Tuesday, March 30, 2010

Frank Sinatra.

I'm recording a couple of more songs today for NOVEMBERNINTH, my CD of old standards. I think we're laying down tracks (that's recording artist lingo for "singing these songs") for Angel Eyes and My Funny Valentine. I love these songs. All of the songs we've selected, really. Oddly, these songs were not a part of my life until relatively late, that is to say, my teenage years. I was raised in a household that listened to country-western music, which, ironically, I'm beginning to appreciate as I get older. I hated country music way back then. But now, I can honestly say George Jones is one of my favorite recording artists. He has a depth of feeling when he sings that is nothing short of beautiful. Although it is, to be honest, an acquired tasted. He is the Frank Sinatra of country music. His way with a lyric is really remarkable.

When I was in the latter part of my high school years I became very close to my drama teacher, Doug Allbritton, and his incredibly smart and funny wife, Nancy. I used to spend a lot of time at their house. They taught me many things, two of which were how to play Bridge and how to appreciate sparse, jazz-influenced, East-Coast vocals. They taught me how to appreciate Sinatra.

I saw Frank Sinatra five times in concert. Three times in NYC, once in Cincinnati and once in St. Louis. I have never seen or experienced a presence like his before or since. This is a guy that "owned" a stage if ever there was one. And his performances were simplicity itself. Top of the show: "Ladies and Gentlemen, Frank Sinatra." He sang for about an hour and a half. Finished. Never once did an encore. Simply walked off stage and that was it.

For an actor, watching Sinatra perform a song was like going to school. Every single song was like a little one-act play, with builds and valleys and surprises. I don't know if Sinatra did this on purpose or if it was something instinctual. Whatever the case, he did it like no other.

Somewhere in the middle of the concert, Sinatra would always dismiss the orchestra, sit beside the piano, pour himself a short Jack Daniels, light a cigarette and explain to the audience that he was really just a "saloon singer." Then he would sing a few "saloon songs." One for My Baby, Angel Eyes, It Never Entered My Mind, The Gal That Got Away, My Funny Valentine, Little Girl Blue, Empty Tables, Where or When, a few others. It was magical. Sinatra, when he's really acting a song, tends to simply shut his eyes and tell a story. Unless you've seen him live, it's hard to explain this. It's almost as if he checks his rather sizable ego for a bit and gets INSIDE a song.  And most amazing is everyone thinks he's singing directly to them.

I've seen other wonderful singers live on stage (as opposed to dead on stage, I suppose): Mel Torme', Lena Horne, Michael Feinstein, Barbra Streisand, Carmen McRae, Sammy Davis, Jr., Karen Mason.  As amazing as they were, none of them could quite pull off what Sinatra did. Personal storytelling.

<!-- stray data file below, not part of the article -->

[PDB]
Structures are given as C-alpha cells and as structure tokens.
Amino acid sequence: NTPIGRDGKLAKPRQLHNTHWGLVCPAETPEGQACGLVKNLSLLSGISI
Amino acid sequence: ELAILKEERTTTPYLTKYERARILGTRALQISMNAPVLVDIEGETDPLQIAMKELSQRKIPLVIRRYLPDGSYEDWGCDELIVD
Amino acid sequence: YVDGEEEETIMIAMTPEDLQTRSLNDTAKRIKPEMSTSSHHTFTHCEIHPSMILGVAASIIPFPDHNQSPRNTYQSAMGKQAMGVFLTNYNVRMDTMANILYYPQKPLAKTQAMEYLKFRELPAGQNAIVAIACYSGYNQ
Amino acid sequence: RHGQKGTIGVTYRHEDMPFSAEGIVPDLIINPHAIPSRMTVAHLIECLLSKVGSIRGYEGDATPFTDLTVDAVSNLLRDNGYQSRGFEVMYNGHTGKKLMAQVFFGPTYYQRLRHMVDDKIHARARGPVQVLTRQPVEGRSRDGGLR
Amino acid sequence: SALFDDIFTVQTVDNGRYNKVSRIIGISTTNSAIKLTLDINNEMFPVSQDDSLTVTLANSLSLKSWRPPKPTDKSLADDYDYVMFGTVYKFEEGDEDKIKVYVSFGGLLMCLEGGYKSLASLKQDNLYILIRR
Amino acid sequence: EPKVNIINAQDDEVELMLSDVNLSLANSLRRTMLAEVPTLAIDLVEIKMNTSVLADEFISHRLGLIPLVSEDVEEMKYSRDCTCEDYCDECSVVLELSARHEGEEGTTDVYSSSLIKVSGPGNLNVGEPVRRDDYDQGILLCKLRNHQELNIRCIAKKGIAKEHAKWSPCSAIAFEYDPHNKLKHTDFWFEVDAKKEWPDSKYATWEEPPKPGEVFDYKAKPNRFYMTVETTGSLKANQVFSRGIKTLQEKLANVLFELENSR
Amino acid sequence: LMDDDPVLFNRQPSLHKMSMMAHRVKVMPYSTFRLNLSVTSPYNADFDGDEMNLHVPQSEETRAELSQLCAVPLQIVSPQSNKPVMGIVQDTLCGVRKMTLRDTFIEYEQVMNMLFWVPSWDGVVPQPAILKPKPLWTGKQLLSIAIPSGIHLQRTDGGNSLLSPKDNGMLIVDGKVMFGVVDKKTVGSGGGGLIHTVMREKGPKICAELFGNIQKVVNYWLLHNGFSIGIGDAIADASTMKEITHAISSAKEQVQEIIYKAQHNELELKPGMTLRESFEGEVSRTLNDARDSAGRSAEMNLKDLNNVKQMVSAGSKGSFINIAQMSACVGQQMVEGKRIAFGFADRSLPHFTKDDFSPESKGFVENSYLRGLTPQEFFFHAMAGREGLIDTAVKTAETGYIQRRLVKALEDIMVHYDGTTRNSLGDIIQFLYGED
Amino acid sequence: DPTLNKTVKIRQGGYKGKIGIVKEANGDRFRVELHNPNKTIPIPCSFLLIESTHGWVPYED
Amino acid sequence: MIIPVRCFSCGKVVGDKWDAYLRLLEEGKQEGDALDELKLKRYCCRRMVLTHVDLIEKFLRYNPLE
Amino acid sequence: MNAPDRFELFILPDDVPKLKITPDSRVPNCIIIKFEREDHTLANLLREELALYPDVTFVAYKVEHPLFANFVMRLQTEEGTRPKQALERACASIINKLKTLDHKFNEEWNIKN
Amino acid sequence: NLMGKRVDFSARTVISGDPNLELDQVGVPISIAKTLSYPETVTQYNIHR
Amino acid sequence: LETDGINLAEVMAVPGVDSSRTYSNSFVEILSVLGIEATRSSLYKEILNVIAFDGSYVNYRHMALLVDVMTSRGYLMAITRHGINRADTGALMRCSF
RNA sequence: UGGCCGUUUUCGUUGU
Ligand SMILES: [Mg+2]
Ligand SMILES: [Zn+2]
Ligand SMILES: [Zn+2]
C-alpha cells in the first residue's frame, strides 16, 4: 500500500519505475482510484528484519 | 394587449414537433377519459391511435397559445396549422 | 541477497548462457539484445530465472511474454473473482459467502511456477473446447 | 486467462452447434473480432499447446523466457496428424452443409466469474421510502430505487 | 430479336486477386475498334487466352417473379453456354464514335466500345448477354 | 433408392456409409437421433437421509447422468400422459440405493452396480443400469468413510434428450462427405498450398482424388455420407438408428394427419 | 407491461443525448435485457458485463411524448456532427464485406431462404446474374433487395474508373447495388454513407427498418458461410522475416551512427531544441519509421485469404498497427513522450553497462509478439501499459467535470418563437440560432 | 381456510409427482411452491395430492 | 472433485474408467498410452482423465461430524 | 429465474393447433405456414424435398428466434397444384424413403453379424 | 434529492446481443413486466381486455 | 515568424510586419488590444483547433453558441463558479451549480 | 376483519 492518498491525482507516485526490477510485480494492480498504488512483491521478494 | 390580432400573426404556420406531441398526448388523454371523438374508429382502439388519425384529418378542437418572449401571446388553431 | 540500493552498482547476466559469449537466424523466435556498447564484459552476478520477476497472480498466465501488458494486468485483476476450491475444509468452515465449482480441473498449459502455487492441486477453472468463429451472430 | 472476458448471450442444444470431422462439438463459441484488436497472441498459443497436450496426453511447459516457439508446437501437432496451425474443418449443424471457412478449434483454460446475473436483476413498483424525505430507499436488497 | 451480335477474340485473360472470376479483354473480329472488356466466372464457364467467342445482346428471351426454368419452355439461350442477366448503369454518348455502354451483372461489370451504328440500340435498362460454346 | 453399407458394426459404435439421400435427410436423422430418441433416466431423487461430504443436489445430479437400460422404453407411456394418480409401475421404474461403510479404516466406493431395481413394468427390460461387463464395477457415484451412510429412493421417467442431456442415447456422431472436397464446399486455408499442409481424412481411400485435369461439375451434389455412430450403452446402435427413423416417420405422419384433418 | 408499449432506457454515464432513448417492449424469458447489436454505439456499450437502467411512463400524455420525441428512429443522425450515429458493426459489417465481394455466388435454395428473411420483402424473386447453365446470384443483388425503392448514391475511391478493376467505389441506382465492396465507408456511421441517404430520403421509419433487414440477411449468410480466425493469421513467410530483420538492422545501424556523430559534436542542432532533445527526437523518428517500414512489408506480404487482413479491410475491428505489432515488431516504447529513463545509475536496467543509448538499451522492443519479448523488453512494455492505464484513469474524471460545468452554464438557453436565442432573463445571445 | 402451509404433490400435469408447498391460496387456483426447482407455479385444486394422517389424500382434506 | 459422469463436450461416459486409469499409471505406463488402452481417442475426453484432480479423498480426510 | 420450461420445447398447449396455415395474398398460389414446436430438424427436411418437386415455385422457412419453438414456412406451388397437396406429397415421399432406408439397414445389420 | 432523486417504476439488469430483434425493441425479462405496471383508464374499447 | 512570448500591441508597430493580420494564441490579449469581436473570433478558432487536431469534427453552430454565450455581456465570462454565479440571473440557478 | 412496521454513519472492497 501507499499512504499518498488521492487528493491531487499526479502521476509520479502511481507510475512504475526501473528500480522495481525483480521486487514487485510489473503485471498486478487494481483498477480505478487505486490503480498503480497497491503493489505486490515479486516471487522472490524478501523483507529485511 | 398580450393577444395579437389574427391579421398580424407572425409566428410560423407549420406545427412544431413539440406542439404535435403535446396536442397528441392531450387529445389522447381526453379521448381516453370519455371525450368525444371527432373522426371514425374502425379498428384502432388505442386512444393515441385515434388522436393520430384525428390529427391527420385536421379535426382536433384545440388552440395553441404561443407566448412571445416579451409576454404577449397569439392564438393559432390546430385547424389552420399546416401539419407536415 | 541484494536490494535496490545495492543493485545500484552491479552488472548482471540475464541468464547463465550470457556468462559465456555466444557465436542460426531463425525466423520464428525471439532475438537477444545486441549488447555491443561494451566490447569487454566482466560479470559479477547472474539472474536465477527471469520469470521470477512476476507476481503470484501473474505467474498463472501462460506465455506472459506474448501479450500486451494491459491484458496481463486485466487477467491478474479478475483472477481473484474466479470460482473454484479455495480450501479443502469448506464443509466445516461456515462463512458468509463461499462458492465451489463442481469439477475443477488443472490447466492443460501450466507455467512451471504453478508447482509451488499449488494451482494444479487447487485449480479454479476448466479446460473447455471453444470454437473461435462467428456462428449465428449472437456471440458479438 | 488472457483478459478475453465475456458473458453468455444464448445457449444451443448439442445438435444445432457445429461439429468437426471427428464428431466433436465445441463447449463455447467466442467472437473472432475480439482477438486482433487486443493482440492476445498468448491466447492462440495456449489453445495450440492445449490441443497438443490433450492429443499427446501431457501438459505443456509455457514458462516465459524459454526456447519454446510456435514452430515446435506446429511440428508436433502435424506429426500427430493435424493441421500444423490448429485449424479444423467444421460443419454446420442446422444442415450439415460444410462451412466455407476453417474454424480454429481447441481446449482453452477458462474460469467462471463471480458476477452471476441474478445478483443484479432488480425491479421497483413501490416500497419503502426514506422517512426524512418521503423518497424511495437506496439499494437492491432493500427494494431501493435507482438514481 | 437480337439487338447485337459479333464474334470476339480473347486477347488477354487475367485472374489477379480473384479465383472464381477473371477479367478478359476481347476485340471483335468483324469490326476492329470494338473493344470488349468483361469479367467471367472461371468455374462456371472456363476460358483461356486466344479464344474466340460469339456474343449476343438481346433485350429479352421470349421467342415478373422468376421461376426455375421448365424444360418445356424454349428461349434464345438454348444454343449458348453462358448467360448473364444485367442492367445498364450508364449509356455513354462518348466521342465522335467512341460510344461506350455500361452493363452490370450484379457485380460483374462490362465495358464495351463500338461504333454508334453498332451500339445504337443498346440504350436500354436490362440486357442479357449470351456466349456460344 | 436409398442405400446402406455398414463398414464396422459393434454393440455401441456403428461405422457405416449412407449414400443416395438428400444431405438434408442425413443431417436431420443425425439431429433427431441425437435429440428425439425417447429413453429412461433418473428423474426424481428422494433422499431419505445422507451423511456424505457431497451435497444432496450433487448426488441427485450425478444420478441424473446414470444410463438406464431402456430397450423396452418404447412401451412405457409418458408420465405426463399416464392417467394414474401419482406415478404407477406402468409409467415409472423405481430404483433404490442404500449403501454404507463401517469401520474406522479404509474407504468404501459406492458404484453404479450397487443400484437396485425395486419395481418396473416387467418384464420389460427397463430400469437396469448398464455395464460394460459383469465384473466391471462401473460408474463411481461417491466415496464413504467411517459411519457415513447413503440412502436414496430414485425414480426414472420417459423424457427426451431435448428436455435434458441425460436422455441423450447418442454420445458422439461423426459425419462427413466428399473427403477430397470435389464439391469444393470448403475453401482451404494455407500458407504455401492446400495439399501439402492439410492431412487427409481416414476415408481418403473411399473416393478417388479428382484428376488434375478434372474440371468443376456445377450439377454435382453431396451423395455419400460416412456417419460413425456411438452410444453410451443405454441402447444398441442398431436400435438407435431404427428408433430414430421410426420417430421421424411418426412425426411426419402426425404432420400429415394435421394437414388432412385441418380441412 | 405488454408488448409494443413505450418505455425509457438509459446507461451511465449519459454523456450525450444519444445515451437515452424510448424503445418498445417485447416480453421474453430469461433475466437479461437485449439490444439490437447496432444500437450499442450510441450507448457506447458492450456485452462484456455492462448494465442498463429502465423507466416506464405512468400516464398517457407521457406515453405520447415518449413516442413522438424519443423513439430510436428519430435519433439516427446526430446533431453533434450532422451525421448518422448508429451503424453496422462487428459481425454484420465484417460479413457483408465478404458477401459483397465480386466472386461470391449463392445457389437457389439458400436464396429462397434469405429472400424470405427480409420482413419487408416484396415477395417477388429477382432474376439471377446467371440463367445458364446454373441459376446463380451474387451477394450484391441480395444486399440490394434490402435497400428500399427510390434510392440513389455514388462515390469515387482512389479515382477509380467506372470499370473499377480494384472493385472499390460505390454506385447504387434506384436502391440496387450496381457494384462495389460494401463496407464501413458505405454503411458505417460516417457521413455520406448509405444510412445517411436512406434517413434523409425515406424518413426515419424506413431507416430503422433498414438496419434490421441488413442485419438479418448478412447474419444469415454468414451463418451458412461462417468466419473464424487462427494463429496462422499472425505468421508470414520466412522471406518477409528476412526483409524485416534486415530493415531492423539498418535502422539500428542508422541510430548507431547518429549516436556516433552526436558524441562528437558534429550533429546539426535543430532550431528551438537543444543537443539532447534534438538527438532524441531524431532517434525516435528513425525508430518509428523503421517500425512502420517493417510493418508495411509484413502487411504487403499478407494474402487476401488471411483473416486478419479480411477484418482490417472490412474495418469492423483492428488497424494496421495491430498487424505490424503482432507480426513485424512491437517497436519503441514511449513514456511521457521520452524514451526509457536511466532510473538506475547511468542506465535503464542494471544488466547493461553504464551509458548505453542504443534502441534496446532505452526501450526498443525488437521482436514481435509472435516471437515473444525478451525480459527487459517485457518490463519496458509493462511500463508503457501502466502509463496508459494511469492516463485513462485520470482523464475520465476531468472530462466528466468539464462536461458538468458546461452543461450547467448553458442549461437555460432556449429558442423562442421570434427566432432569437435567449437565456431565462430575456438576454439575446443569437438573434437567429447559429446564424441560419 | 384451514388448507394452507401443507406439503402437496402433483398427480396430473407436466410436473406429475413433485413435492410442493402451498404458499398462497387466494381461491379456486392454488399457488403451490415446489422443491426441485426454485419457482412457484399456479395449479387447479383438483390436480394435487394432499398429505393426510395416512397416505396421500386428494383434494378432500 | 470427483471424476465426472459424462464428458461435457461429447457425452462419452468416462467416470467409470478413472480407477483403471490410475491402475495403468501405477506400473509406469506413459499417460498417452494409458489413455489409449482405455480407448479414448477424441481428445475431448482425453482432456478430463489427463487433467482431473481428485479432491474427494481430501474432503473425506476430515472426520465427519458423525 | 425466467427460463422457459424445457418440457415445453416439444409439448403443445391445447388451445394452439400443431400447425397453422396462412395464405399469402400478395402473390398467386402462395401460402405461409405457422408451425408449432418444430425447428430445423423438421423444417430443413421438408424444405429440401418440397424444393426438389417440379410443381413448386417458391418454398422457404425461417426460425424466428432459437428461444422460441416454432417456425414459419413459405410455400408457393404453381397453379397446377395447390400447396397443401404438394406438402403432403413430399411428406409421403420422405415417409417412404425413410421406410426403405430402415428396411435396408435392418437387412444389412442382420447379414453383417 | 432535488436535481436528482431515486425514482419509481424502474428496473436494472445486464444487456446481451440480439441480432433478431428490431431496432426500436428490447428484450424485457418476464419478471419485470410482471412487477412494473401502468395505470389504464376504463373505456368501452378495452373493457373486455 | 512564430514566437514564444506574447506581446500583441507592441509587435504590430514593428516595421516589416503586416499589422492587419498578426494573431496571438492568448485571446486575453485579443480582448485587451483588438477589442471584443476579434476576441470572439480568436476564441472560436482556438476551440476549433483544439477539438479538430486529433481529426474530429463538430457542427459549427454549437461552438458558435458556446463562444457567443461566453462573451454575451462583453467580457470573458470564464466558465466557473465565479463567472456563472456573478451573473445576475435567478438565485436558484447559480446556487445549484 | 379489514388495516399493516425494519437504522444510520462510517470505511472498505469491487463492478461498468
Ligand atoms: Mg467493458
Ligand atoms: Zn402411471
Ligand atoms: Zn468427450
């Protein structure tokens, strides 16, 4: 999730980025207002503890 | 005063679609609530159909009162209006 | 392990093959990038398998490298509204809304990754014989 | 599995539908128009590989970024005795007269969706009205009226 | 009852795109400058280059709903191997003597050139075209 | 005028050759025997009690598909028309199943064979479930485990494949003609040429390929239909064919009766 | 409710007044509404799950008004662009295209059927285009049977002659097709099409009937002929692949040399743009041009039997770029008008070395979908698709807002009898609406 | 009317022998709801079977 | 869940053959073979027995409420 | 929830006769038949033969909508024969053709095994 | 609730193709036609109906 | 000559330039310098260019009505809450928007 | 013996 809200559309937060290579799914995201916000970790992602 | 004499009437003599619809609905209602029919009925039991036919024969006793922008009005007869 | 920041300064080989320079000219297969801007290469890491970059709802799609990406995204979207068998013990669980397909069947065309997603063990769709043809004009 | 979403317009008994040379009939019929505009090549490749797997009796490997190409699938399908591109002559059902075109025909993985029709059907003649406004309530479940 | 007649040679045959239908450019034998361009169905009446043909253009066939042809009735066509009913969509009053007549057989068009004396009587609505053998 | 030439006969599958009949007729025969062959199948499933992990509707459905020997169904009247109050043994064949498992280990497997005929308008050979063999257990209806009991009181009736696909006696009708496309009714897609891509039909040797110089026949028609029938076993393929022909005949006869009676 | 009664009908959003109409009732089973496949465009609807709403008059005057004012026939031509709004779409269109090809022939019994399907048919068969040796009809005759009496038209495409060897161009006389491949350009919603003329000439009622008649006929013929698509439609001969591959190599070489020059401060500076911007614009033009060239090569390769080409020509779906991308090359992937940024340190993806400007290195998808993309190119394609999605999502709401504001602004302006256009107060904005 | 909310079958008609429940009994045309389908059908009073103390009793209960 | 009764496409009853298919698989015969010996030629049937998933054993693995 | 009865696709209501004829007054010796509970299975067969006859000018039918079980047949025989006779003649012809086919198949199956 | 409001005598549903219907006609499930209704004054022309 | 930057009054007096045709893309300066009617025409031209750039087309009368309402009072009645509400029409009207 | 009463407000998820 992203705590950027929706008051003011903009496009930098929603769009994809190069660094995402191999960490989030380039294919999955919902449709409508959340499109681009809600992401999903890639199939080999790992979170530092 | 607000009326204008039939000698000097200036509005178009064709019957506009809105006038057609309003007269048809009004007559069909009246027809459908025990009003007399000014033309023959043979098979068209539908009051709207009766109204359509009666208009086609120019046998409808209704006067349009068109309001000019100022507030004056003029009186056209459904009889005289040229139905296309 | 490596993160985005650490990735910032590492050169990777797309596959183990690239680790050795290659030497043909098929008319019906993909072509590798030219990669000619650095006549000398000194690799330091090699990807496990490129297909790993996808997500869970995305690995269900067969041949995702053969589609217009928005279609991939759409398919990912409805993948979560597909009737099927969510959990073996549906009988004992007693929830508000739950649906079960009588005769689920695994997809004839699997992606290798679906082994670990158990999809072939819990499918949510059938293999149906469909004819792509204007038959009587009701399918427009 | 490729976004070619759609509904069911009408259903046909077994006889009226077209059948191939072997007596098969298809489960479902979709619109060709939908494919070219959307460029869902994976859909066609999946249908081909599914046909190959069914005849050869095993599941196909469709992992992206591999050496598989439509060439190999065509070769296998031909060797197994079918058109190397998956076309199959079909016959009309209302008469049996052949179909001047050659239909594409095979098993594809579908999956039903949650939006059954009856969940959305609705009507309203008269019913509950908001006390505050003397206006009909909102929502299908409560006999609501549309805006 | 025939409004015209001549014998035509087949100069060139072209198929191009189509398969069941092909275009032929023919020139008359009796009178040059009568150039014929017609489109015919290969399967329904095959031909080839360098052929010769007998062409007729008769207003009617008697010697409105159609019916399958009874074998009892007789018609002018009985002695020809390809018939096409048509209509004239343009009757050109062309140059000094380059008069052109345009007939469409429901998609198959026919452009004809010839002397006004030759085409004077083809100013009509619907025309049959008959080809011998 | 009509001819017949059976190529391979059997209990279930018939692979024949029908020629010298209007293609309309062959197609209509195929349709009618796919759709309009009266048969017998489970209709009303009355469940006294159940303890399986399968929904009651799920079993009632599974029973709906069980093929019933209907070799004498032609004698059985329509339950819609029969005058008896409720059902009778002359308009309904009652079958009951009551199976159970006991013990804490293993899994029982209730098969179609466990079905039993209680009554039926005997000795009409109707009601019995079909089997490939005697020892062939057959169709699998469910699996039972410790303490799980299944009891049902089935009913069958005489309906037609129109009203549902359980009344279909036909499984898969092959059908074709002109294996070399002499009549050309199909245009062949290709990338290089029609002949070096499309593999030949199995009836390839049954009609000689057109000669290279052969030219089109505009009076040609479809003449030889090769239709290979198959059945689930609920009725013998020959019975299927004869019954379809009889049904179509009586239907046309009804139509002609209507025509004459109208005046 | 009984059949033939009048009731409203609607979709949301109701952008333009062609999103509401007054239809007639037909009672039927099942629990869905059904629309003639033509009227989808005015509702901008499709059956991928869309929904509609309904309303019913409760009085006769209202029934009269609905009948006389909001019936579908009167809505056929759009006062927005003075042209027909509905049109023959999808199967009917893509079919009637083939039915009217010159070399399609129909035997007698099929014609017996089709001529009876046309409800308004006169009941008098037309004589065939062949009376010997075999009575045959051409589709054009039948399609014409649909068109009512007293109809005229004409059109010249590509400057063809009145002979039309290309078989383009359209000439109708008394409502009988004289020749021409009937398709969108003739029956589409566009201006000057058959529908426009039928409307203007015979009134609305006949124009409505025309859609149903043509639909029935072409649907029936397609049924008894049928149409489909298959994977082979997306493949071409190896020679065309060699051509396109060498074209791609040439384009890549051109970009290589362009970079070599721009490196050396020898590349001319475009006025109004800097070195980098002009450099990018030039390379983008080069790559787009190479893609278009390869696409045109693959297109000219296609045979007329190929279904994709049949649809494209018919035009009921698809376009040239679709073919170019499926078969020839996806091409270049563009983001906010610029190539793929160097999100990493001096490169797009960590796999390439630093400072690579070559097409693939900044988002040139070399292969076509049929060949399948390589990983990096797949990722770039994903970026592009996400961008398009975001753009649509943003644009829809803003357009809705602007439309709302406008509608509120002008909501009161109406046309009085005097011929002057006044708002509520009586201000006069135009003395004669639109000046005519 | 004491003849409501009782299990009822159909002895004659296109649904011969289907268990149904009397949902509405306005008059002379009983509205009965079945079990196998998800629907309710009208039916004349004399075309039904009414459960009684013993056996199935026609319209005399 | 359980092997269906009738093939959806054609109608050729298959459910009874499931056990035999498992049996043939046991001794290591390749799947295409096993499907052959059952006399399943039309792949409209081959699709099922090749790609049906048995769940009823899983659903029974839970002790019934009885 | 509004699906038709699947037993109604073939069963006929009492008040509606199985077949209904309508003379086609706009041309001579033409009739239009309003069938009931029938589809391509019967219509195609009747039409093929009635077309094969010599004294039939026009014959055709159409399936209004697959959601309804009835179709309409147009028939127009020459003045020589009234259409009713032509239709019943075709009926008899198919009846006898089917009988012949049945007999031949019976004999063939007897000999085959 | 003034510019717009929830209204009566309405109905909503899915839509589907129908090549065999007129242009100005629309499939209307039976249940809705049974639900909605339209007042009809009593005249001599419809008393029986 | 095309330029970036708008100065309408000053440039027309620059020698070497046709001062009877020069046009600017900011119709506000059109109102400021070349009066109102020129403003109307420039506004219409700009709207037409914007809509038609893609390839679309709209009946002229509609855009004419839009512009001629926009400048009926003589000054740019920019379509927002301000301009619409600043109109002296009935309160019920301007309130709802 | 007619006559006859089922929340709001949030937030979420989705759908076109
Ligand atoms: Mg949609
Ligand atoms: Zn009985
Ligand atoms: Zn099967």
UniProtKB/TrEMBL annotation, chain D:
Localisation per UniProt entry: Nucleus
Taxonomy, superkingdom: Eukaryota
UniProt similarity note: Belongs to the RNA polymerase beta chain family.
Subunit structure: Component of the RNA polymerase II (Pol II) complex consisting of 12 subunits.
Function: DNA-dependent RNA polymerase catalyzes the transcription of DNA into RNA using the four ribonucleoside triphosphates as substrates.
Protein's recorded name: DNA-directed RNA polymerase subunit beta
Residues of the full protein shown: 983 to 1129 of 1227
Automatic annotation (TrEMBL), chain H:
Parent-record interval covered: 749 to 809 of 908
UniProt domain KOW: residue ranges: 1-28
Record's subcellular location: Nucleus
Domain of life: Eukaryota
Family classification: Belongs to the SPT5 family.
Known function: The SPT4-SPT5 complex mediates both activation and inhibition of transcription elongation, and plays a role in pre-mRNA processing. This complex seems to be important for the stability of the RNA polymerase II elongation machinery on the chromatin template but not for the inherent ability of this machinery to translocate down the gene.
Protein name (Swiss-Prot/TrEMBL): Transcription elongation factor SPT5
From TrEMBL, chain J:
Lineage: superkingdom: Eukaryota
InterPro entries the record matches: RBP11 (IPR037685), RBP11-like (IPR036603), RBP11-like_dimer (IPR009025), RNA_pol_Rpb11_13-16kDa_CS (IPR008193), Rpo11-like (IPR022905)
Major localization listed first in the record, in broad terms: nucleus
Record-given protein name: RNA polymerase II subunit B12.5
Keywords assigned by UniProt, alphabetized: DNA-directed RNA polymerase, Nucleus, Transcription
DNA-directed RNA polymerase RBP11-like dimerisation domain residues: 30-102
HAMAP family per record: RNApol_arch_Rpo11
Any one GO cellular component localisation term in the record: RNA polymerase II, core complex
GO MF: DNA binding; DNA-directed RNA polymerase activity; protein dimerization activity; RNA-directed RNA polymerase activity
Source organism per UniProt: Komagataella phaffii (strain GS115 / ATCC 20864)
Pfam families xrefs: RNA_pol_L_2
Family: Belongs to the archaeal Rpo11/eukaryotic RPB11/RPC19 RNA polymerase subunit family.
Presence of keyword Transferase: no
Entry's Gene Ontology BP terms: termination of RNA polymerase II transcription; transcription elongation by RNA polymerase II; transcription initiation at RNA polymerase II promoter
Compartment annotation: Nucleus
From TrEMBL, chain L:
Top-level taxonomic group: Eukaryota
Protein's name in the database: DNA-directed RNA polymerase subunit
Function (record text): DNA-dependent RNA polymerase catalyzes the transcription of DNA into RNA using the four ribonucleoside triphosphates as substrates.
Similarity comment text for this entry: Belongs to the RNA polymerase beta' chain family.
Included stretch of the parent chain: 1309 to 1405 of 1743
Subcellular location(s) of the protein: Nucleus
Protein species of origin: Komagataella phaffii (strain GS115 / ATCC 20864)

Frank Sinatra has always been a staple in my life.  I remember being in a dorm in college, one room over AC/DC was blasting.  On the other side of me, ZZ Top.  And in my room, much to the chagrin of the other young dormers, Sinatra and Nelson Riddle slamming out I've Got You Under My Skin.

I met him once.  Well, not really, but he looked at me and spoke.  When I saw him in Cincinnati I was with a buddy of mine who wrote for the local paper there.  He had press passes which allowed us to go backstage after the concert.  The stage manager was also a friend of my buddy and told us, "When he starts singing My Way, make your way backstage.  He won't do an encore and when he finishes that song he just walks off stage and gets in his limo and drives away.  You can catch him as he's walking out the back."  

So we did.  As soon as Sinatra started singing, "Start spreading the news...," off we went.  We showed our press badges to security (a LOT of security) and stood just offstage waiting for him to finish.  When he did he turned and strode toward us.  I was electric.  My chance to meet Sinatra.  

As he approached I had my speech ready.

"Mr. Sinatra I just wanted to say how much your music has meant to me over the years I've been a fan of yours for many, many years and I just can't tell you enough about how much your music has meant because it's so honest and personal and I've got about twenty of your albums and I listen to your work over and over again..."  I was blubbering.

As he walked by he glanced at me, a slight frown on his face, and said, "Yeah, I know."  And walked out the door and into his waiting car.

"Yeah, I know."  Sinatra had said, "Yeah, I know."  To ME.  Directly to ME.  To Clif Morts.  To ME.  "Yeah, I know."  That's what he said.  To ME.

I had a smile on my face for a month.  Sinatra and I were pals.

See you tomorrow.